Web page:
It was in London in the mid-Seventies that struggling R’n’B musician Nile Rodgers saw a group play who would change the course of his life. It was glam-era Roxy Music. Rodgers took one look at their studied sophistication and saw the concept for his next project: cool, stylish… Chic. He rang his musical partner, bassist Bernard Edwards, and said he’d got it. Disco was already taking off in the New York clubs, but The Chic Organization would be unique. Four decades on, in a packed O2 Arena, where the crowd stand up and dance from the start, it’s clear that he was right.
Admittedly, grey hair trumps glitter, but in the presence of the 66-year-old Rodgers and his precious Hitmaker guitar, age seems irrelevant. There are all ages here, all getting down, as Rodgers plays the most crowd-pleasing set imaginable – hit after hit after hit, opening with “Everybody Dance” and closing with “Good Times”.
Of course, the problem with being too crowd-pleasing when you have a back catalogue as deep as Rodgers’ is that it leaves little room for rediscovery. Drawing on tracks that he has written for, or co-written with others, means that a greatest hits set almost chooses itself. Time has revealed the lesser Sister Sledge album track “Pretty Baby”, for instance, with its insistent funk twang, to be a stone-cold disco classic, but there’s little chance of it getting an airing when Rodgers has to get through “Let’s Dance”, “Like a Virgin” and “Notorious” (written with some “dudes from Birmingham… Duran Duran!”).
In fact, there are so many hits in the set that some are chopped and stacked into a medley that takes in Diana Ross’s “I’m Coming Out” and “Upside Down”, plus Sister Sledge’s “He’s the Greatest Dancer” and “We Are Family”.
Sometimes this seems antithetical to the “Chic technique”: set up a groove, hold it, go to the chorus before the verse, go back to the groove, and hold it in a place where heartbreak and hedonism melt into one. That’s why, oddly, it is some of the minor Chic dancefloor fillers that really hit the spot here, such as “My Feet Keep Dancing” and “Chic Cheer”, when you could feel Rodgers and his brilliant band climb inside the groove, sit in tight and move it around. The early Chic material more than holds its own against the big pop numbers that sold so many units in the Eighties. Nile’s still got the funk, and when you hear the sound of the strings of that famous chop-guitar, you can feel it. Edwards, of course, died in his hotel room after a Chic show in Japan back in 1996. He’s irreplaceable, and his partner pays tribute to him more than once in this set.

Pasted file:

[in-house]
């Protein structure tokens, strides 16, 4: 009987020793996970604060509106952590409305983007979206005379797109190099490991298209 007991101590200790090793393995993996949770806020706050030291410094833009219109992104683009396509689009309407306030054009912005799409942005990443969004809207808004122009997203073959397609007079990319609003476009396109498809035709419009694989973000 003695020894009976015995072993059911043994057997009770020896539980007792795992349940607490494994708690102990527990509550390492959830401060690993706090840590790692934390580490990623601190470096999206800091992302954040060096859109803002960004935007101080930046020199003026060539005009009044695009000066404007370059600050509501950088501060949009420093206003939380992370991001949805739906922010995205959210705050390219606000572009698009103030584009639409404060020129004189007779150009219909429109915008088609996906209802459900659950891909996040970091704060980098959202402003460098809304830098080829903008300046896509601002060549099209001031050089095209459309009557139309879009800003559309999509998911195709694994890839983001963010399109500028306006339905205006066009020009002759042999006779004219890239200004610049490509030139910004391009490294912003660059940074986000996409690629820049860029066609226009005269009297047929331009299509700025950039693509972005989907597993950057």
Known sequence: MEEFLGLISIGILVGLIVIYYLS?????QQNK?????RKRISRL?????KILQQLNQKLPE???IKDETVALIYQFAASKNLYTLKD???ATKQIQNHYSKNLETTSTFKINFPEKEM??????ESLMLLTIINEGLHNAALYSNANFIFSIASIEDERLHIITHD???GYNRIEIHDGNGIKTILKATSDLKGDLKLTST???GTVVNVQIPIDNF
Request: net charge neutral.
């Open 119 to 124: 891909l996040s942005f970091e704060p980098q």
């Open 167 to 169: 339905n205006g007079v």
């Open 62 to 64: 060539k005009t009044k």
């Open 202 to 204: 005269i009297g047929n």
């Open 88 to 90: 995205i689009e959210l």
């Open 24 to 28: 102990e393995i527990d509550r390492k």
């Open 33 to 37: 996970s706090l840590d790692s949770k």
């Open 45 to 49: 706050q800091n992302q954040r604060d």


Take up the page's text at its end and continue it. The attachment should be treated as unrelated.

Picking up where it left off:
It’s fascinating to see how Rodgers deals with vocals. The Chic sound relied on a cool, laidback style, Sister Sledge had the warmth and power of Kathy Sledge’s voice front and centre, Diana Ross had the sweet highs that turned “Baby Love” into transcendent Sixties pop, Madonna couldn’t really sing but had everything else. This catalogue has to be handled with care.
Here, Rodgers is flanked by two singers as in the classic Chic line-up: Folami does impeccable cool, but Kimberly Davies is a big soul belter in the Tina Turner mould, which works on some tracks (especially Kathy Sledge’s) but not on all. And when keyboardist Russell Graham takes over the vocals for “Let’s Dance”, however perfect the sound, he can never be Bowie – although, to be fair, no one can.
Last time I saw Chic, it was almost a decade ago in the much smaller O2 Indigo. This is bigger, more confident, and more euphoric, but I’d still like to see Chic somewhere small, late night in a club, playing none of the hits. Nile Rodgers is one of the great artists of our time, he shouldn’t have to please anyone.
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